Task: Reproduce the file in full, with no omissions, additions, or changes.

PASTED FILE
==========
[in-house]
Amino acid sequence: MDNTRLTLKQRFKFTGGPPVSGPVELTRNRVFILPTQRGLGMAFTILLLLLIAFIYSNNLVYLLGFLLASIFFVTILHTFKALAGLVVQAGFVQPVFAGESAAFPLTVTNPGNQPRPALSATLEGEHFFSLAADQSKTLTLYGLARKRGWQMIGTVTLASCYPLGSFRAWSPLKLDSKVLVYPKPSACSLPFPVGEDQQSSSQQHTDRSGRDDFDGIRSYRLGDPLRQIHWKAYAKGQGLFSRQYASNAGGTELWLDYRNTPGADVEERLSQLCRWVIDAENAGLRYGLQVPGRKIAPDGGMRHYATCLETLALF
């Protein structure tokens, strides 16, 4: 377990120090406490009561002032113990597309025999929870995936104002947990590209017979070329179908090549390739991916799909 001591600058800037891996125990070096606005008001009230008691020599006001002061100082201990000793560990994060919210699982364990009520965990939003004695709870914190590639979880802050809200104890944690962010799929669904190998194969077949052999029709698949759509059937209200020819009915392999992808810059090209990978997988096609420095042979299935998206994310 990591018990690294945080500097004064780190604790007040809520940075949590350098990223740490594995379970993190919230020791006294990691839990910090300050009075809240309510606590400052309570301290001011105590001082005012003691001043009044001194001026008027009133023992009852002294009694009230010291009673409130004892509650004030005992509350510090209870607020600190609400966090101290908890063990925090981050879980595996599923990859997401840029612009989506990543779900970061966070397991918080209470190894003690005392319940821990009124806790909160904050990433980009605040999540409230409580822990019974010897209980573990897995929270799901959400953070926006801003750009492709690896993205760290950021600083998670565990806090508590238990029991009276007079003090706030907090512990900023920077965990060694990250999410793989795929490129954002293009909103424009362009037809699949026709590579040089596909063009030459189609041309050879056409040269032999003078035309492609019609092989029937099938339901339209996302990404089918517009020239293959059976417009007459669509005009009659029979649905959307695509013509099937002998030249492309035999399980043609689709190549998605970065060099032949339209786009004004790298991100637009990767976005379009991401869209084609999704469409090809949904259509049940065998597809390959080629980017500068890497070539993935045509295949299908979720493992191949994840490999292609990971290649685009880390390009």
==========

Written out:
[in-house]
Amino acid sequence: MDNTRLTLKQRFKFTGGPPVSGPVELTRNRVFILPTQRGLGMAFTILLLLLIAFIYSNNLVYLLGFLLASIFFVTILHTFKALAGLVVQAGFVQPVFAGESAAFPLTVTNPGNQPRPALSATLEGEHFFSLAADQSKTLTLYGLARKRGWQMIGTVTLASCYPLGSFRAWSPLKLDSKVLVYPKPSACSLPFPVGEDQQSSSQQHTDRSGRDDFDGIRSYRLGDPLRQIHWKAYAKGQGLFSRQYASNAGGTELWLDYRNTPGADVEERLSQLCRWVIDAENAGLRYGLQVPGRKIAPDGGMRHYATCLETLALF
């Protein structure tokens, strides 16, 4: 377990120090406490009561002032113990597309025999929870995936104002947990590209017979070329179908090549390739991916799909 001591600058800037891996125990070096606005008001009230008691020599006001002061100082201990000793560990994060919210699982364990009520965990939003004695709870914190590639979880802050809200104890944690962010799929669904190998194969077949052999029709698949759509059937209200020819009915392999992808810059090209990978997988096609420095042979299935998206994310 990591018990690294945080500097004064780190604790007040809520940075949590350098990223740490594995379970993190919230020791006294990691839990910090300050009075809240309510606590400052309570301290001011105590001082005012003691001043009044001194001026008027009133023992009852002294009694009230010291009673409130004892509650004030005992509350510090209870607020600190609400966090101290908890063990925090981050879980595996599923990859997401840029612009989506990543779900970061966070397991918080209470190894003690005392319940821990009124806790909160904050990433980009605040999540409230409580822990019974010897209980573990897995929270799901959400953070926006801003750009492709690896993205760290950021600083998670565990806090508590238990029991009276007079003090706030907090512990900023920077965990060694990250999410793989795929490129954002293009909103424009362009037809699949026709590579040089596909063009030459189609041309050879056409040269032999003078035309492609019609092989029937099938339901339209996302990404089918517009020239293959059976417009007459669509005009009659029979649905959307695509013509099937002998030249492309035999399980043609689709190549998605970065060099032949339209786009004004790298991100637009990767976005379009991401869209084609999704469409090809949904259509049940065998597809390959080629980017500068890497070539993935045509295949299908979720493992191949994840490999292609990971290649685009880390390009």